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The Day of the Jackal by Frederick Forsyth

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‘The Day of the Jackal’ is set in the 1960s after the Algerian War. It follows the French President of that time, General De Gaulle who decided to give up Algeria. This led to the formation of the Organisation de l’armée secréte or OAS, a secret organisation against the Algerian Independence.

After a number of failed attempts to assassinate De Gaulle, the OAS hire an English contract killer who is only known as the Jackal. However De Gaulle would be virtually impossible to kill after all those failed attempts.

The book is divided into three parts- ‘Anatomy of a Plot’ which deals with the assassination attempts, the OAS and all the planning done by the Jackal.

‘Anatomy of a Manhunt’ deals with the how the French police finds out about the plan and how it tries to stop the Jackal.

‘Anatomy of a Kill’ is the ending and the tensest part of the whole book.

There is also an Epilogue which reveals a single fact which changes everything we all had presumed from the very beginning.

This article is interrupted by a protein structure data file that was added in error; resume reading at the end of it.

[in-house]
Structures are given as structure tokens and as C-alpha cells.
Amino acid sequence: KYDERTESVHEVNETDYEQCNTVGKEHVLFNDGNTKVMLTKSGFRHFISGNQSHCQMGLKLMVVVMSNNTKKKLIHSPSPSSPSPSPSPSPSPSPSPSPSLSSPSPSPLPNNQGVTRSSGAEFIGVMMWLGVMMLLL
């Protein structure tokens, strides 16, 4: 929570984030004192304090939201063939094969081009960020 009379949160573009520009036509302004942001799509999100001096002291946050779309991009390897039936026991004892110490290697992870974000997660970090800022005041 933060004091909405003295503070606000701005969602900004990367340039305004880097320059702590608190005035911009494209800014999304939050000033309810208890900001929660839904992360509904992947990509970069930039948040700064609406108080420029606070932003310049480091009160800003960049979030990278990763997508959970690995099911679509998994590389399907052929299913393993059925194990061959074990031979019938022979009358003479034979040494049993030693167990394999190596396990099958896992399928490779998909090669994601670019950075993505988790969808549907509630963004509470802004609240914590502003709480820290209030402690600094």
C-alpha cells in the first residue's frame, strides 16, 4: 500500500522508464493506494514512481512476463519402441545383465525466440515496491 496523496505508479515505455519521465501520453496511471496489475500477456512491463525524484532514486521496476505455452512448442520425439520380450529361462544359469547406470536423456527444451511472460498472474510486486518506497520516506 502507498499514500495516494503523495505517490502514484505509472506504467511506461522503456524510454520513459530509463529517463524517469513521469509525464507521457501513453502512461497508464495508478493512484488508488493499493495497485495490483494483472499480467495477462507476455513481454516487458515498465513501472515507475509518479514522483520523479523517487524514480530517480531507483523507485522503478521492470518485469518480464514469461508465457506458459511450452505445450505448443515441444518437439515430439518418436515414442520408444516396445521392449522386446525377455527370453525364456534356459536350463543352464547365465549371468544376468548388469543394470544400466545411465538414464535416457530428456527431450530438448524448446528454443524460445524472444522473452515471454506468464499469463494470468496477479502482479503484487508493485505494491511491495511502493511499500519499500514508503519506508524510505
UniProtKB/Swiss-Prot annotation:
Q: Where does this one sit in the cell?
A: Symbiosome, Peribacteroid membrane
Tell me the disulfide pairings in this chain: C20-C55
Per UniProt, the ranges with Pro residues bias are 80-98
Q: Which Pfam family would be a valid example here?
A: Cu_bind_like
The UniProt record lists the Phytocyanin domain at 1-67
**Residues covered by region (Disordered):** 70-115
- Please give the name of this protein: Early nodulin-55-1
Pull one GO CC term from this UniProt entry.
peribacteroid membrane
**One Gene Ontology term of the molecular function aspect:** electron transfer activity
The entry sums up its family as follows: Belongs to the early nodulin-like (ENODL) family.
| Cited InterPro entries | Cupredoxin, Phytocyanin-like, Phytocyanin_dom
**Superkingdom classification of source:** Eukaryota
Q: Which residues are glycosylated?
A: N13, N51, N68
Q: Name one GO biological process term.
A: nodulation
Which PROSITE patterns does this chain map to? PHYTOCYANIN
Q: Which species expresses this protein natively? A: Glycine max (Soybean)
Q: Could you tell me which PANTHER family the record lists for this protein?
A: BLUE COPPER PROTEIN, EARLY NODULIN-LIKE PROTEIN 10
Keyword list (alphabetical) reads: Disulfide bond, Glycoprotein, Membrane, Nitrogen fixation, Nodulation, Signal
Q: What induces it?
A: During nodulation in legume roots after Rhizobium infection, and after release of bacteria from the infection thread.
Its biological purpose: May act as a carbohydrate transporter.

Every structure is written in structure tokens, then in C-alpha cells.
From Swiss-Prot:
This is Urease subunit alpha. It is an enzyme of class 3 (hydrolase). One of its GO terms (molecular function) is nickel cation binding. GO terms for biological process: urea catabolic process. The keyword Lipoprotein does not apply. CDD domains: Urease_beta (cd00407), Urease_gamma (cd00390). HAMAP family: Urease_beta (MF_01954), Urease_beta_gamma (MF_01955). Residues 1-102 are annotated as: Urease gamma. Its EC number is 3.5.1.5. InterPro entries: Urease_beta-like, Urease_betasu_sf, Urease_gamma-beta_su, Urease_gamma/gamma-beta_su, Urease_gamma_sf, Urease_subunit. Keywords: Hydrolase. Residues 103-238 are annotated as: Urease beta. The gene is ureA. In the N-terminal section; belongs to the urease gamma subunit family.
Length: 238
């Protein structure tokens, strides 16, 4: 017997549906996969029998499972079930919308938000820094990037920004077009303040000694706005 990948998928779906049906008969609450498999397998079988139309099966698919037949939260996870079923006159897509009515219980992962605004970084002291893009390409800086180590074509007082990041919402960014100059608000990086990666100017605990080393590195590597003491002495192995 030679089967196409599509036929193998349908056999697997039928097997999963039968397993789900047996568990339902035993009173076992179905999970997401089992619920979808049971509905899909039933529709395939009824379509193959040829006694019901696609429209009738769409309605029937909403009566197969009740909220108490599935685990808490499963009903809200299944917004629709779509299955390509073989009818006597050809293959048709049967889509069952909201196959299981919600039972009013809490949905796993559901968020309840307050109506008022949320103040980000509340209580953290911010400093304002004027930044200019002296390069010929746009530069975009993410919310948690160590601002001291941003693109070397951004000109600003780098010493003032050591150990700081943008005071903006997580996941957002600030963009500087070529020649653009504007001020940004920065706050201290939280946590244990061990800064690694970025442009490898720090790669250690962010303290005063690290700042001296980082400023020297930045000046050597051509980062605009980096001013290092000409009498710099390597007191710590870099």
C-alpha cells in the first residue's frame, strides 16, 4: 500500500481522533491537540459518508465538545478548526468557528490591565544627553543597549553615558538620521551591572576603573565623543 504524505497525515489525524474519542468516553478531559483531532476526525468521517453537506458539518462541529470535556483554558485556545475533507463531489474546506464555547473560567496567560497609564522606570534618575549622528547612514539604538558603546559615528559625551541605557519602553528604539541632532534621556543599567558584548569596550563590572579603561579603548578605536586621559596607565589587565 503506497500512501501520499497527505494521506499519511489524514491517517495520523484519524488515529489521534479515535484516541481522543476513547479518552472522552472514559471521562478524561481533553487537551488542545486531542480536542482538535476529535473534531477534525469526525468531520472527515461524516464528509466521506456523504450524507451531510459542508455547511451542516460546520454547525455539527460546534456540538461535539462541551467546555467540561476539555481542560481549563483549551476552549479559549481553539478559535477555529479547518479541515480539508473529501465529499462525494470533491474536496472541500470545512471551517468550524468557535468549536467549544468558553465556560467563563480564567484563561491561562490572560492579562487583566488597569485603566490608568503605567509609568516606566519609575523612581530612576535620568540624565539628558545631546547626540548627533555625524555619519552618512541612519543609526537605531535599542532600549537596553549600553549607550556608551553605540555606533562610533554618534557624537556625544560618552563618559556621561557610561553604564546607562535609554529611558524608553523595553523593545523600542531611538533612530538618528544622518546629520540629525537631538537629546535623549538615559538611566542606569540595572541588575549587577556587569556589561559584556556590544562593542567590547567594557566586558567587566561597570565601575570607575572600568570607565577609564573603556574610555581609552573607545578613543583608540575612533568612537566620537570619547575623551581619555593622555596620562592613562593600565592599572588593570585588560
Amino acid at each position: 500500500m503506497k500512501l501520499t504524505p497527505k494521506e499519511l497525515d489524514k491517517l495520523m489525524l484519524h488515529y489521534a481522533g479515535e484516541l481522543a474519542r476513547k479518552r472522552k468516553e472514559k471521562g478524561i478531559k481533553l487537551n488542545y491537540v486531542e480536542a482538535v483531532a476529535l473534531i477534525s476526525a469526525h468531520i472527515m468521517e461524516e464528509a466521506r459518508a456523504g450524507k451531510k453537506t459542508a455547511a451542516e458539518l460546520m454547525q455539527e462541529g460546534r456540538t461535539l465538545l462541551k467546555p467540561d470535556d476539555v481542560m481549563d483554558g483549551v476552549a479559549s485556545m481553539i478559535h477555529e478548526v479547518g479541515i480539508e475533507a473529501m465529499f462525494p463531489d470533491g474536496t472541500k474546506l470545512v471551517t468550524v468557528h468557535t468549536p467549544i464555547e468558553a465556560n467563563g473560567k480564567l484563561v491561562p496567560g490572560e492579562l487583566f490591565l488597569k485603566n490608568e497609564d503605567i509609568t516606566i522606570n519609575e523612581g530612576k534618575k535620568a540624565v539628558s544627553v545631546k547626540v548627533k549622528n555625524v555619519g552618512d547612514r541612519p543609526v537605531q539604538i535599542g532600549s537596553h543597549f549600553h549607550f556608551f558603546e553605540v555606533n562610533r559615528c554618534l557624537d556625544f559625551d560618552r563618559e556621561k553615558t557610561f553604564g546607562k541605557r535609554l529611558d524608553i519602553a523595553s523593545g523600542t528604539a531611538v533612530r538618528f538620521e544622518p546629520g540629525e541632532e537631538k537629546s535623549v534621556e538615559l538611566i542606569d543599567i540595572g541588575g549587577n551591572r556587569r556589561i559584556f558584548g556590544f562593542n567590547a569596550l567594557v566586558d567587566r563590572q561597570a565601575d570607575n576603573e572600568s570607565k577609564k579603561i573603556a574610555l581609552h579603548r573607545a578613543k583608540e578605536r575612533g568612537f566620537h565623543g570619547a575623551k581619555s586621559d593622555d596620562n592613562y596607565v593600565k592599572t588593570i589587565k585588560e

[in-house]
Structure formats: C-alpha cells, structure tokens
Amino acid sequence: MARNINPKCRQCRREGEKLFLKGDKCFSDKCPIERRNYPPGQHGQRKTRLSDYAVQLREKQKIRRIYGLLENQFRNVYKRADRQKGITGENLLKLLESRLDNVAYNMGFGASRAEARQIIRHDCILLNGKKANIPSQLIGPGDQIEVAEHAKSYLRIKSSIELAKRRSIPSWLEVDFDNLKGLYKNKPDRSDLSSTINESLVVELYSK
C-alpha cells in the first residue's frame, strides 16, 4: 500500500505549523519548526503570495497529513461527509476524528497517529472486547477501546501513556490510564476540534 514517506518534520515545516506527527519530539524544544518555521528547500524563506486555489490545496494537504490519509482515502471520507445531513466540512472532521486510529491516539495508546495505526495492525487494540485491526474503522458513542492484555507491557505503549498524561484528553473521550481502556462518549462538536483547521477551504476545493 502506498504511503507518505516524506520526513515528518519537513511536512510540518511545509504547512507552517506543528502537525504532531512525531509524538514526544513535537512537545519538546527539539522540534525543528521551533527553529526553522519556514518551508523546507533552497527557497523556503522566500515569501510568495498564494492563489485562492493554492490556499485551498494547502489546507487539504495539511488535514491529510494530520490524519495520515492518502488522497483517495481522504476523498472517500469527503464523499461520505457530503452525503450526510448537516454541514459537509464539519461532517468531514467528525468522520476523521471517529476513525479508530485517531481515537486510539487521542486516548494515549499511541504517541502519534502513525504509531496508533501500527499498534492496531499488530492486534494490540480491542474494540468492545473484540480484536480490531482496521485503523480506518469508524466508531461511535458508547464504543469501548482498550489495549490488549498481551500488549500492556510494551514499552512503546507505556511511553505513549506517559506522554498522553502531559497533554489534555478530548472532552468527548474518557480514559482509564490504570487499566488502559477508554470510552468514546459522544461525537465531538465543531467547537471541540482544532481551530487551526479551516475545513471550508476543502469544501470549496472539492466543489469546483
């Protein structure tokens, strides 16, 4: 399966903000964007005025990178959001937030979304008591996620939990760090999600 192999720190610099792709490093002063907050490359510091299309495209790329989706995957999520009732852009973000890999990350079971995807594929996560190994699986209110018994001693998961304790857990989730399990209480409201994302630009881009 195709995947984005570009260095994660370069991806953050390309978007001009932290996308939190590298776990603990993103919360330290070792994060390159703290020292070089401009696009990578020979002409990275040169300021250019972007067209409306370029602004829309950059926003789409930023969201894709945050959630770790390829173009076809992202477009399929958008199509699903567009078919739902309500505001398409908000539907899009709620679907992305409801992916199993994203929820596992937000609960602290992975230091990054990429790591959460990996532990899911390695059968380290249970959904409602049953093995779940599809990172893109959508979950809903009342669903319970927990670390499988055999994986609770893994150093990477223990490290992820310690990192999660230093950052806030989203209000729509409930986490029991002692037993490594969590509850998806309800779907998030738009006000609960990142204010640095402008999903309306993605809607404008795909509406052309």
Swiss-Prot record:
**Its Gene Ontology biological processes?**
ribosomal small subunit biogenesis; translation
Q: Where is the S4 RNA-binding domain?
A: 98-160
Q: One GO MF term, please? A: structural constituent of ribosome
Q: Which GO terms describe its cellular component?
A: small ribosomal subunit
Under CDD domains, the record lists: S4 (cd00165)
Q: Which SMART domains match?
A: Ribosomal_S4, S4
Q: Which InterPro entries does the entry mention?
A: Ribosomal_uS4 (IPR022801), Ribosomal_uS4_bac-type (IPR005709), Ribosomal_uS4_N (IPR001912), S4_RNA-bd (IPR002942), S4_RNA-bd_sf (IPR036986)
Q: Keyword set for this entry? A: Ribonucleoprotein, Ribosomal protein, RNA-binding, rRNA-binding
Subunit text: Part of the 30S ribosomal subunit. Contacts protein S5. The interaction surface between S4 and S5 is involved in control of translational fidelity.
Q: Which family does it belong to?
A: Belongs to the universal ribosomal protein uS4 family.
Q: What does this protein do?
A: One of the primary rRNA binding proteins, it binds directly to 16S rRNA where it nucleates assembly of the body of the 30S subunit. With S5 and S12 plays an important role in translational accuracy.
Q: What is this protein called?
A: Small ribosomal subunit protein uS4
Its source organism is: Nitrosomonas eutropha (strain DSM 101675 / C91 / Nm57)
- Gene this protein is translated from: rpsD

The characters are portrayed very nicely and seem realistic with no clichés. My personal favourite is the Jackal who has been portrayed as a tall, blonde well-built Englishman with grey eyes. But don’t let his looks fool you, he is a dangerous man has planned a cunning plot to the minutest of details. He takes every bit of precaution and has the mind of a genius. His steely grey eyes don’t reveal any emotion or thought that goes inside his mind.


The book is full of twists and turns. Every time you turn a page something new happens and just when you think you know what really is going on and put your inner detective to use, a new fact or evidence comes up which takes you back to square one.


My favourite part is just before the ending when the story becomes so lightning paced that you are literally on your toes and biting your nails, anxious to know what finally happens.


Overall, the book is a must read for all the thriller aficionados out there. Frederick Forsyth does a great job and paints a picture of each scene in the reader’s head. You can literally see the characters talking to each other. The book is quick and in the span of a single page, the whole plot can take a serious turn.

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